Metastatic Melanoma: Not Quite Curable…But Getting There


By 2050, the number of deaths due to malignant melanoma in the U.S. could be three times lower than peak levels reached before 1960. Researchers presented the data behind this prediction at the 2017 European Cancer Congress in January.

It is unclear how much of this anticipated decline in deaths can be attributed to the availability of new, effective treatments. However, it is obvious that much-increased awareness of sunlight exposure as the single factor most responsible for the development of skin melanoma has contributed to lower incidence of the disease.

In any case, the armament of treatments available for metastatic melanoma is currently such that this diagnosis has transformed from being almost universally fatal (even just a few years ago) into a being largely treatable. Since 2011, the U.S. Food and Drug Administration (FDA) has approved eight new drugs for melanoma. Continue reading…


Array Walks Back Its FDA Pitch on Binimetinib, Derailing Plans for Commercial Launch

Excerpt:

“Array BioPharma has some explaining to do. Fifteen months after the Boulder, CO-based biotech said that it had the data needed for its first approval of binimetinib for NRAS-positive melanoma, execs are walking back the application and its plans for a launch.

“In a statement out Sunday evening, Array $ARRY said that after getting feedback from the FDA, execs ‘concluded that the clinical benefit demonstrated in the Phase 3 NEMO clinical trial would not be found sufficient to support approval of the NRAS-mutant melanoma NDA.’ ”

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Binimetinib Delayed Progression of NRAS-Mutant Melanoma

Excerpt:

“The MEK inhibitor binimetinib improved progression-free survival compared with dacarbazine in patients with NRAS-mutant melanoma, according to the phase III results of the NEMO trial published in Lancet Oncology.

“In addition, improved progression-free survival was seen in patients who had previously failed immunotherapy, the current guideline-recommended first-line treatment.

” ‘Future treatment algorithms for metastatic melanoma might incorporate binimetinib therapy in patients with advanced NRAS-mutant melanoma, including after the failure of immunotherapy,’ wrote Reinhard Dummer, MD, of the department of dermatology at the University Hospital Zurich Skin Cancer Center in Switzerland, and colleagues.”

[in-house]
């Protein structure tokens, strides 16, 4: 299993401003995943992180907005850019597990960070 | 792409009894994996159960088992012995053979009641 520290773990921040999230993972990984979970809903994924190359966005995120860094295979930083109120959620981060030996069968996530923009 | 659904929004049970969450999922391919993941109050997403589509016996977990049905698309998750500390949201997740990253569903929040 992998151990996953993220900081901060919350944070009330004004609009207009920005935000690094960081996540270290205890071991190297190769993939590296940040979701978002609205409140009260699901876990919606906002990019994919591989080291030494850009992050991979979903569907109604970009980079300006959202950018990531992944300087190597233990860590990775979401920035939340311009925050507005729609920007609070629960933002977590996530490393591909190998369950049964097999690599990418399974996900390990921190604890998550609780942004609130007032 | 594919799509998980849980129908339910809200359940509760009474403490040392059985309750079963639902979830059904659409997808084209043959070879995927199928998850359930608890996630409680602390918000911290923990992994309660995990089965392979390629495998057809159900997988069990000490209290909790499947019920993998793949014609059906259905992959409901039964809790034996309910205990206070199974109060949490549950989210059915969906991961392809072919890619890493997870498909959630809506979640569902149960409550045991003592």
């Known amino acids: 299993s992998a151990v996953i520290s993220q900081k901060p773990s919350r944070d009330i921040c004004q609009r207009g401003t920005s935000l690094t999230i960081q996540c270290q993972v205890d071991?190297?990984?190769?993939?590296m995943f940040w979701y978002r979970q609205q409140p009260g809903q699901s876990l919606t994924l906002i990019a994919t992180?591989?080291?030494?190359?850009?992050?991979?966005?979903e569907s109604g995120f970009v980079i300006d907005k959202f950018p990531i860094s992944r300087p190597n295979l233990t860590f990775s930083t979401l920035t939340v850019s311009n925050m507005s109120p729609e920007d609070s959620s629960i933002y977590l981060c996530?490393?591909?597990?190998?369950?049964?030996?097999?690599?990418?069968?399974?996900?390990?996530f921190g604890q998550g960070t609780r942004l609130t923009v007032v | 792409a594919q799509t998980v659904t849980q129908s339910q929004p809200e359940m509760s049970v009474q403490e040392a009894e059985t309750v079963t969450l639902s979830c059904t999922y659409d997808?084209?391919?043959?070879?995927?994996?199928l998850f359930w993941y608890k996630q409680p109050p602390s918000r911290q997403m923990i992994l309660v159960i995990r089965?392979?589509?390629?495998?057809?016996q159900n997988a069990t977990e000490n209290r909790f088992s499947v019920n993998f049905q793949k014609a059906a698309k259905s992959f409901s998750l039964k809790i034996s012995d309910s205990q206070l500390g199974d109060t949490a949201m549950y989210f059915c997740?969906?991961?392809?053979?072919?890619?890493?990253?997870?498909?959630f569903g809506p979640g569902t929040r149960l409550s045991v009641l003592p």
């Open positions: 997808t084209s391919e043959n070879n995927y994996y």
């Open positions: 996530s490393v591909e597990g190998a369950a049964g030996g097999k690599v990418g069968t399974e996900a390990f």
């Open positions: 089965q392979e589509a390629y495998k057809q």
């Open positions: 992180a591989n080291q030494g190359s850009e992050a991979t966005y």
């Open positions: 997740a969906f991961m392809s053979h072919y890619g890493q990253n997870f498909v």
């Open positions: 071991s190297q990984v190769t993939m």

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Array BioPharma Announces FDA Acceptance of Binimetinib NDA for Patients with Advanced NRAS-Mutant Melanoma

Excerpt:

“Array BioPharma (Nasdaq: ARRY) today announced that the FDA has accepted its New Drug Application (NDA) for binimetinib with a target action date under the Prescription Drug User Fee Act (PDUFA) of June 30, 2017.  Array completed its NDA submission of binimetinib in late June 2016 based on findings from the pivotal Phase 3 NEMO (NRAS MELANOMA AND MEK INHIBITOR) trial in patients with NRAS-mutant melanoma.  The FDA also indicated that it plans to hold an advisory committee meeting (ODAC) as part of the review process. As previously reported, Array is currently preparing for an Application Orientation Meeting (AOM) with the FDA in September 2016, which it expects will include a discussion of the NDA package including clinical risk / benefit.”

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Melanoma: New Drugs and New Challenges (Part 2 of 2)


Editor’s note: This is part 2 of a 2-part post on the latest research in melanoma. To learn about research into drug combinations for melanoma that may work better than single drugs, check out Melanoma: New Drugs and New Challenges (Part 1 of 2).

As always, the more new treatments become available in melanoma, the more new challenges arise. With eight new drugs approved for melanoma in the last five years, oncologists may sometimes face the difficult choice of what drugs to choose for a patient’s first-line treatment. Immune checkpoint drugs sometimes cause serious side effects, but progress is being made on how to treat these and also how to treat patients with pre-existing autoimmune conditions. New approaches are needed in efforts to prevent recurrence of melanomas diagnosed at earlier stages of disease progression. These and other challenges are discussed below. Continue reading…